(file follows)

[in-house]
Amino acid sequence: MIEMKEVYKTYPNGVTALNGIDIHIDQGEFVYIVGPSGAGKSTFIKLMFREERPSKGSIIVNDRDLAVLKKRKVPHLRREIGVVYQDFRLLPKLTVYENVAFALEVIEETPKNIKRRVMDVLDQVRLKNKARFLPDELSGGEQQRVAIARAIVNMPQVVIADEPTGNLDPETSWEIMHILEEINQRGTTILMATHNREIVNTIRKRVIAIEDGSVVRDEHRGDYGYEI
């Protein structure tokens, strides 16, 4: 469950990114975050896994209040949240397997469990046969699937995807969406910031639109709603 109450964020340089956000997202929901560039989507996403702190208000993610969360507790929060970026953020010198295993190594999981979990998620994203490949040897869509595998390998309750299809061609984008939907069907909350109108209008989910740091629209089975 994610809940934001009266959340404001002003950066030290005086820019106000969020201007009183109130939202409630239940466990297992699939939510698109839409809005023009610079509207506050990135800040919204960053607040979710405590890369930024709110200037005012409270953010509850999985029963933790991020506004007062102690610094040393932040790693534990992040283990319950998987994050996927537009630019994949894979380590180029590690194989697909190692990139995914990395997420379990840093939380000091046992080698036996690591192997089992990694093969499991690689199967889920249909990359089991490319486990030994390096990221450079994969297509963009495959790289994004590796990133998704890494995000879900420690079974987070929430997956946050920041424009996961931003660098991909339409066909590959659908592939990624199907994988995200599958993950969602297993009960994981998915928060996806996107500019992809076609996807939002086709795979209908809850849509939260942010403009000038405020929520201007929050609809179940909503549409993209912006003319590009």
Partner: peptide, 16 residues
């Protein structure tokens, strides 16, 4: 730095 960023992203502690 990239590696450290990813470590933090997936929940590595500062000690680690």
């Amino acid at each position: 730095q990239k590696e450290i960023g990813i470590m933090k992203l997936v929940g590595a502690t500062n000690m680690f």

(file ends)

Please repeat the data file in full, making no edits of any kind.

[in-house]
Amino acid sequence: MIEMKEVYKTYPNGVTALNGIDIHIDQGEFVYIVGPSGAGKSTFIKLMFREERPSKGSIIVNDRDLAVLKKRKVPHLRREIGVVYQDFRLLPKLTVYENVAFALEVIEETPKNIKRRVMDVLDQVRLKNKARFLPDELSGGEQQRVAIARAIVNMPQVVIADEPTGNLDPETSWEIMHILEEINQRGTTILMATHNREIVNTIRKRVIAIEDGSVVRDEHRGDYGYEI
């Protein structure tokens, strides 16, 4: 469950990114975050896994209040949240397997469990046969699937995807969406910031639109709603 109450964020340089956000997202929901560039989507996403702190208000993610969360507790929060970026953020010198295993190594999981979990998620994203490949040897869509595998390998309750299809061609984008939907069907909350109108209008989910740091629209089975 994610809940934001009266959340404001002003950066030290005086820019106000969020201007009183109130939202409630239940466990297992699939939510698109839409809005023009610079509207506050990135800040919204960053607040979710405590890369930024709110200037005012409270953010509850999985029963933790991020506004007062102690610094040393932040790693534990992040283990319950998987994050996927537009630019994949894979380590180029590690194989697909190692990139995914990395997420379990840093939380000091046992080698036996690591192997089992990694093969499991690689199967889920249909990359089991490319486990030994390096990221450079994969297509963009495959790289994004590796990133998704890494995000879900420690079974987070929430997956946050920041424009996961931003660098991909339409066909590959659908592939990624199907994988995200599958993950969602297993009960994981998915928060996806996107500019992809076609996807939002086709795979209908809850849509939260942010403009000038405020929520201007929050609809179940909503549409993209912006003319590009």
Partner: peptide, 16 residues
């Protein structure tokens, strides 16, 4: 730095 960023992203502690 990239590696450290990813470590933090997936929940590595500062000690680690």
């Amino acid at each position: 730095q990239k590696e450290i960023g990813i470590m933090k992203l997936v929940g590595a502690t500062n000690m680690f």